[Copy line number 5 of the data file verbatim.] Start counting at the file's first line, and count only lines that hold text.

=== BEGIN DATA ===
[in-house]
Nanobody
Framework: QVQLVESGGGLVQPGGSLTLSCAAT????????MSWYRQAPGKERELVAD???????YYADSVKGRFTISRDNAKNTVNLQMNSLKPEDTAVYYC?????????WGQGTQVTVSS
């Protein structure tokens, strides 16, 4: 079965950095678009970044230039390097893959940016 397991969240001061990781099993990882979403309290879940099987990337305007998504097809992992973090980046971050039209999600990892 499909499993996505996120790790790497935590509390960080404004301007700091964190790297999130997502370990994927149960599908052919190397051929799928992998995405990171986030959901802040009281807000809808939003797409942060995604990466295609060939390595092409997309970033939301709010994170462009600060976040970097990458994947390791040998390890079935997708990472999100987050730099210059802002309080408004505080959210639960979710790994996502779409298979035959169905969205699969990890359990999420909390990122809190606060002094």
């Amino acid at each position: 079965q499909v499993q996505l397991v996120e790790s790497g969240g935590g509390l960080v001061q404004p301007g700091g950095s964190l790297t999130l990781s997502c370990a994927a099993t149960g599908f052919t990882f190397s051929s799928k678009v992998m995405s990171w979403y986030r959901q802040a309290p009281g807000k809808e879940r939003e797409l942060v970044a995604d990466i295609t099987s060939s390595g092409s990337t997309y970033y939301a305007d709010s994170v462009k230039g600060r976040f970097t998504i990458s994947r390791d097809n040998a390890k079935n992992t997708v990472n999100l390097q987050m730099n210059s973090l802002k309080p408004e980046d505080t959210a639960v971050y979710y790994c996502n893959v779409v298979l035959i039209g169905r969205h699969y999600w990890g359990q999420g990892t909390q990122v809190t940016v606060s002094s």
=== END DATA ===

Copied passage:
């Amino acid at each position: 079965q499909v499993q996505l397991v996120e790790s790497g969240g935590g509390l960080v001061q404004p301007g700091g950095s964190l790297t999130l990781s997502c370990a994927a099993t149960g599908f052919t990882f190397s051929s799928k678009v992998m995405s990171w979403y986030r959901q802040a309290p009281g807000k809808e879940r939003e797409l942060v970044a995604d990466i295609t099987s060939s390595g092409s990337t997309y970033y939301a305007d709010s994170v462009k230039g600060r976040f970097t998504i990458s994947r390791d097809n040998a390890k079935n992992t997708v990472n999100l390097q987050m730099n210059s973090l802002k309080p408004e980046d505080t959210a639960v971050y979710y790994c996502n893959v779409v298979l035959i039209g169905r969205h699969y999600w990890g359990q999420g990892t909390q990122v809190t940016v606060s002094s």